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"Yes, we have no bananas", goes the song, and even if you are not a devotee of tin pan alley ballads, you can probably make that catchy tune of 1923 sound in your head. It was written at a time when, yes, the world risked losing all its bananas, and yes, we ourselves might have no bananas in the future. If that means you won't have bananas to slice upon your cereal, OK, but for others in the world it means they simply won't have enough food. It isn't all a dire story, but in _Banana: The Fate of the Fruit That Changed the World_ (Hudson Street Press), Dan Koeppel, a popular nature writer, has covered a huge amount of history and biology, both of which are full of dark intimations of the worst aspects of human nature. "The _____ That Changed the World" subtitle is overused, but Koeppel makes it clear that this time it accurately applies. The banana, or the way humans have cultivated and used it, has raised and toppled nations, and still affects current geopolitical forces.
Bananas have traveled around the world, starting from the wild varieties of South China, Southeast Asia, and India, giving hundreds of cultivated varieties. It is surprising that some have textures like apples, and some must be cooked, and many of them have tart or creamy flavors that American shoppers know nothing about. This is because we buy one banana, the Cavendish which has good properties to make it transportable and long-lasting, but that it forms almost all the world's commercially cultured bananas is its weakness, perhaps a dangerous one. We have been through this before; the Cavendish is not your grandparent's banana. The one they ate was the _Gros Michel_ (Big Mike) banana, which was the monoculture banana of its time until, as one-species crops tend to do, it caught a bad disease, Panama Disease, a fungus that was discovered in that country and then spread worldwide. Bananas by that time had become a worldwide trade, and especially in South America the big companies got the dictators to agree about the dangers of rights for the banana workers, and of labor unions, and the American government helped out. There is new bad news for bananas: Cavendish bananas are now succumbing to Panama disease, as did their predecessor, and the disease is rapidly being transported worldwide. Koeppel maintains that there is one prospect of a solution, and that is genetic modification. GM is regarded with horror as producing "frankenfood", but it is in the banana that it could be used with the least risk. Proprietary seeds won't be developed, both because seeds are hard to come by and because scientists working on the banana genome have agreed that any resultant fruit will be in the public domain. Bananas, which have no seeds or pollen, are at little risk for allowing their modifications to escape into the wild.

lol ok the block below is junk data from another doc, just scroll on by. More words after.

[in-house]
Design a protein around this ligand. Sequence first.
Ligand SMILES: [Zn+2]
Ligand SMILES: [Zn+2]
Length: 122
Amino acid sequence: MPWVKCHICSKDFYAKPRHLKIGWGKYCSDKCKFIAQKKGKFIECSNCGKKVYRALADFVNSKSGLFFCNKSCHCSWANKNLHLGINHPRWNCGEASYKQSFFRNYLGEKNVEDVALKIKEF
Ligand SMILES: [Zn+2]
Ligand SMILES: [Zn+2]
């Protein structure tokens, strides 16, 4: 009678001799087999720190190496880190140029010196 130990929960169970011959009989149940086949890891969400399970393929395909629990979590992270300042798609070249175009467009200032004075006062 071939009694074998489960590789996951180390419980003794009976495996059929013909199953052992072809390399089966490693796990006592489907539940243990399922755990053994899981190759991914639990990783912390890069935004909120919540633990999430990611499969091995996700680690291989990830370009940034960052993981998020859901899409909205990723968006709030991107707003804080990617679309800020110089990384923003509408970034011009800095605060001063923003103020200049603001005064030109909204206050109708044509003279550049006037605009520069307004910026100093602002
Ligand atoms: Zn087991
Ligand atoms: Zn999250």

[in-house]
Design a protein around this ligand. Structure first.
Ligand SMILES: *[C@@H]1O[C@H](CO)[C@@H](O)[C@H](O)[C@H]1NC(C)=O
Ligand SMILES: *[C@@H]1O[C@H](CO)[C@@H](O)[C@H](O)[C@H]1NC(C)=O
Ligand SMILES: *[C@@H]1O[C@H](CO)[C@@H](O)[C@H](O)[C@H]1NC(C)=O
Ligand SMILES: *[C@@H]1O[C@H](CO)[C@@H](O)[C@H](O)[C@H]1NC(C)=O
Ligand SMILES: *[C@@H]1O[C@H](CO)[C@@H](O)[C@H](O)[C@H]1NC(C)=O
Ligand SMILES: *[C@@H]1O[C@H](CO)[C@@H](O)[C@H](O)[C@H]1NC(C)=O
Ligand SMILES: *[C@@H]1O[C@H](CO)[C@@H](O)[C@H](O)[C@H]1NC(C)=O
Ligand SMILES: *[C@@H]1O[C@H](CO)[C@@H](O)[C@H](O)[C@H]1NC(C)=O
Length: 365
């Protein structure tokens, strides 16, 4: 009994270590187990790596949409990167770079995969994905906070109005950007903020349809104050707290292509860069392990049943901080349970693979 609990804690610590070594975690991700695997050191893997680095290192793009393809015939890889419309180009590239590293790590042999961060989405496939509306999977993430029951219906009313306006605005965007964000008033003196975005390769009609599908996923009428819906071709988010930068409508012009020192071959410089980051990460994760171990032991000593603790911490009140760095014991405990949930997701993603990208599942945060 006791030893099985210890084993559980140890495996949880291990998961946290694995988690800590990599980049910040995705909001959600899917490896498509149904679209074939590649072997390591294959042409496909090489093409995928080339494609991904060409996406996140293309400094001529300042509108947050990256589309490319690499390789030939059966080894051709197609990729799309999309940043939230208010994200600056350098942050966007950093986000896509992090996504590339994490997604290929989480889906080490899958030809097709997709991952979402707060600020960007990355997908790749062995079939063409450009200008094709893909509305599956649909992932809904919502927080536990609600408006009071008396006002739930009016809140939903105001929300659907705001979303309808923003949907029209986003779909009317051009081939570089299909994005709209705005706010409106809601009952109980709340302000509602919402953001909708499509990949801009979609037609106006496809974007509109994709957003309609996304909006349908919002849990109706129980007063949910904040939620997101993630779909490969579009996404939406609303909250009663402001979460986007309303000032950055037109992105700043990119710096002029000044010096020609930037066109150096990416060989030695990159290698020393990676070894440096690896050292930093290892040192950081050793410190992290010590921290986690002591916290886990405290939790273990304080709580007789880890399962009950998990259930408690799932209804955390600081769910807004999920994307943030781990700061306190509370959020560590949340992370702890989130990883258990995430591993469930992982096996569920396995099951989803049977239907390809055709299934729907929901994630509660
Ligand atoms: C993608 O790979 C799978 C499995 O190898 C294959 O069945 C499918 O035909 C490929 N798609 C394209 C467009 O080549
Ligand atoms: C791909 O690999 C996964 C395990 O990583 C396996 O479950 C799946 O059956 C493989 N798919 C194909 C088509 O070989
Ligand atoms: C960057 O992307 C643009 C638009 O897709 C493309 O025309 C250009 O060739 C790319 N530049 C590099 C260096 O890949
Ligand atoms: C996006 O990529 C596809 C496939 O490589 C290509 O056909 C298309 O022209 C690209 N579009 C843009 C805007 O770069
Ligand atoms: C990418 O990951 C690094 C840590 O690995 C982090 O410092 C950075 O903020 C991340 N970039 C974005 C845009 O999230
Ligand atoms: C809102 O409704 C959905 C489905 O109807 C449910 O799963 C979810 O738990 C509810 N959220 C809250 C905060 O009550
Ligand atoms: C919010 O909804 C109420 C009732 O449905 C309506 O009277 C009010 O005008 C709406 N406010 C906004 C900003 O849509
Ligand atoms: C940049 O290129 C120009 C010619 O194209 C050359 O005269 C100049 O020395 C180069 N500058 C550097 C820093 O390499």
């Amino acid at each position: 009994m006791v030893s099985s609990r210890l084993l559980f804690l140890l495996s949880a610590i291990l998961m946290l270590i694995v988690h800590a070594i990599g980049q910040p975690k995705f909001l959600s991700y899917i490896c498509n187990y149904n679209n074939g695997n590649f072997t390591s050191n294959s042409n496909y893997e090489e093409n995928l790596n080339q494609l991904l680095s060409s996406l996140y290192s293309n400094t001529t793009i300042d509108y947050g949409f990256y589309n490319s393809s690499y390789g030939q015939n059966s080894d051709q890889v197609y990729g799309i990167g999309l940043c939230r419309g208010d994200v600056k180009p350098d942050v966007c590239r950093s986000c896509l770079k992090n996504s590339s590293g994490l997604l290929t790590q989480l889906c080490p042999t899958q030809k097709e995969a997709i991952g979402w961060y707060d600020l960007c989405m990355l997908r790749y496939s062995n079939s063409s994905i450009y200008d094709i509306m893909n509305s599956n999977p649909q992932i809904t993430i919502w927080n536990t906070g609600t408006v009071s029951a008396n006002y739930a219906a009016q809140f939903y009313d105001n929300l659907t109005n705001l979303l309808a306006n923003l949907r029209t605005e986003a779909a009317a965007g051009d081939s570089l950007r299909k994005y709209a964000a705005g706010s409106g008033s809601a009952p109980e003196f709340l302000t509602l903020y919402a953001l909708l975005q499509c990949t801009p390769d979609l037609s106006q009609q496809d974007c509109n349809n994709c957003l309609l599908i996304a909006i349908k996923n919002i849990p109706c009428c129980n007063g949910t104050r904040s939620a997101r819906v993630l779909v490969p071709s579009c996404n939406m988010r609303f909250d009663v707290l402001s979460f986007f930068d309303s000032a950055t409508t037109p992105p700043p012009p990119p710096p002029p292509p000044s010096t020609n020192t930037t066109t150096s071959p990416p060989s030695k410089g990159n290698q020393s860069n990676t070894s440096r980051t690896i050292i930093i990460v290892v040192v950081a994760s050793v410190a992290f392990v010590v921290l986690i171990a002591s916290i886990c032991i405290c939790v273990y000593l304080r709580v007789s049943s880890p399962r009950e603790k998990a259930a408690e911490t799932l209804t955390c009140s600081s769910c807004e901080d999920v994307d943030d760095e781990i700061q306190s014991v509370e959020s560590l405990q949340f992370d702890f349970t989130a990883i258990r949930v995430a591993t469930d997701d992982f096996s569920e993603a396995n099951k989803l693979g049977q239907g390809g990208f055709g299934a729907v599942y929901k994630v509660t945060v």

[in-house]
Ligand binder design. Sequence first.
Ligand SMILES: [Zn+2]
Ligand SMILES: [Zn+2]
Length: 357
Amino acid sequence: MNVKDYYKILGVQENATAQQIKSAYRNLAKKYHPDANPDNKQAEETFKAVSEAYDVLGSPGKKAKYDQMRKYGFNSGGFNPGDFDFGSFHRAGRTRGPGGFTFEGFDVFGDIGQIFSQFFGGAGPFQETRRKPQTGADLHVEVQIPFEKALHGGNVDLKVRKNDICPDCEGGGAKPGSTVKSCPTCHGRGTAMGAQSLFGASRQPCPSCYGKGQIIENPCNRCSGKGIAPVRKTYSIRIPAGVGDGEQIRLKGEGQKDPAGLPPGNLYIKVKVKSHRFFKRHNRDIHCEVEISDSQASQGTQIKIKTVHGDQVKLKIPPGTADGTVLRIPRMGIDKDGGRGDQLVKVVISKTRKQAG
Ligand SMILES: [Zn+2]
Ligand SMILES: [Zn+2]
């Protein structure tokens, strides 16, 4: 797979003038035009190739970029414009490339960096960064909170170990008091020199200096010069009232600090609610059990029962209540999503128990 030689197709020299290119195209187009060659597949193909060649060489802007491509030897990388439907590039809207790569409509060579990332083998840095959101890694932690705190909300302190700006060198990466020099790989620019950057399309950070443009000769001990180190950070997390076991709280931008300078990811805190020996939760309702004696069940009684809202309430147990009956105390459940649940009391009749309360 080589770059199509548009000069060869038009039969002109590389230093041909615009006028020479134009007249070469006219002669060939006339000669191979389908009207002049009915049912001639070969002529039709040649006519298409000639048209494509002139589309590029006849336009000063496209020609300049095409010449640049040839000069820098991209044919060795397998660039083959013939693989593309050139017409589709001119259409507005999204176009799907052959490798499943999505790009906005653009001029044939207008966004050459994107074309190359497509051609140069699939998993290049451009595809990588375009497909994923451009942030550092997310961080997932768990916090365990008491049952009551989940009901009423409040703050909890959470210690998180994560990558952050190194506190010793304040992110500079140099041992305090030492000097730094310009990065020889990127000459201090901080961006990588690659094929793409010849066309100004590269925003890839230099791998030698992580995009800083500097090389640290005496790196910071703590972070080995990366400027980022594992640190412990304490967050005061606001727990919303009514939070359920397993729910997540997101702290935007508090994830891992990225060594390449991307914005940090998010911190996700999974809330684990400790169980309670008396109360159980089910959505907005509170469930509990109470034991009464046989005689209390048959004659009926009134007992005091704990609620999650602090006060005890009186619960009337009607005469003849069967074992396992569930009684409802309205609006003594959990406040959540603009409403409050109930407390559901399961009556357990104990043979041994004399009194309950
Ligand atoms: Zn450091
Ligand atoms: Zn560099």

Something will have to be done if we want our bananas, and we do want them: we eat more of them than apples and oranges combined. No more bananas would mean a gustatory loss for Americans but a nutritional disaster for Africa and other parts of the world where locally-grown bananas are a staple rather than a snack. The Cavendish was in the wings ready to take the stage when the Gros Michel was slain, and now that the Cavendish may go the same way, there is no understudy waiting to take over. Koeppel's descriptions of history and biology are reasoned and thoughtful, and this is far from an incendiary book. It is full of details that are surprising and amusing, as well as troubling. Koeppel shows that we have taken the banana for granted, and that this is part of its current problem; his welcome book will ensure that the banana's complexities are far better understood.